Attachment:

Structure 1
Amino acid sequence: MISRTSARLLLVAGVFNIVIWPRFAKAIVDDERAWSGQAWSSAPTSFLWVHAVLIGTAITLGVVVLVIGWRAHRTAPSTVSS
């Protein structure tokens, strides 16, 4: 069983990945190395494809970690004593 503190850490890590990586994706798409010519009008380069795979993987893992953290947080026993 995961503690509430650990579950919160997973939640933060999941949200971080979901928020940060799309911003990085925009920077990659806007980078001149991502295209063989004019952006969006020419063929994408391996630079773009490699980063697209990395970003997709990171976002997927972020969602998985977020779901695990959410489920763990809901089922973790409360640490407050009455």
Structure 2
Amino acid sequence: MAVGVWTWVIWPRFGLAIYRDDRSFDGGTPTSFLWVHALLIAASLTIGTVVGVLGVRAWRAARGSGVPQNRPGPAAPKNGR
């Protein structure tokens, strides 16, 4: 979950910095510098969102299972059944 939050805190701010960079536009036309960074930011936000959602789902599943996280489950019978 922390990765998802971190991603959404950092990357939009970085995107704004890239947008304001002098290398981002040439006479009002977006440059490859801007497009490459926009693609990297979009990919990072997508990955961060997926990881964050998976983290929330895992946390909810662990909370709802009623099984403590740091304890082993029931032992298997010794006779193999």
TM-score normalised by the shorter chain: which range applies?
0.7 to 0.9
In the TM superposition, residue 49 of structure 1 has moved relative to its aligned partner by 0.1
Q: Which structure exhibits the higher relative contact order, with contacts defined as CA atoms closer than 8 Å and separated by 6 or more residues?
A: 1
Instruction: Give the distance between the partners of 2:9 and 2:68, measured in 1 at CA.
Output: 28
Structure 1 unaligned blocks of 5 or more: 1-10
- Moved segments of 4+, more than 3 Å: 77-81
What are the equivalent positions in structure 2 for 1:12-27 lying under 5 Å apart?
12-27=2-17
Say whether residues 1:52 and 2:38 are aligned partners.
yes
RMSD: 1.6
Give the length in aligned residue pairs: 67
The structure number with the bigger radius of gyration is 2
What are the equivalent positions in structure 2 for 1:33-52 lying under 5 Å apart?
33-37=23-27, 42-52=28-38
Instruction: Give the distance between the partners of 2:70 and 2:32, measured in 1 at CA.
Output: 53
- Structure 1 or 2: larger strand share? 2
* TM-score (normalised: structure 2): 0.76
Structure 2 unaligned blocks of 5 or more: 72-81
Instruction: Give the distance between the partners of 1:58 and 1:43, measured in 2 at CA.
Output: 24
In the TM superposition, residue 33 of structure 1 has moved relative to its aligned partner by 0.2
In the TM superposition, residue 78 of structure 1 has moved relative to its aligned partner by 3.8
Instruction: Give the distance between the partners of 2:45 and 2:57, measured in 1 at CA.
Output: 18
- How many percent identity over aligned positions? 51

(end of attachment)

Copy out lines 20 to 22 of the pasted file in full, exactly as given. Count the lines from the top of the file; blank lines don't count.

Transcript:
RMSD: 1.6
Give the length in aligned residue pairs: 67
The structure number with the bigger radius of gyration is 2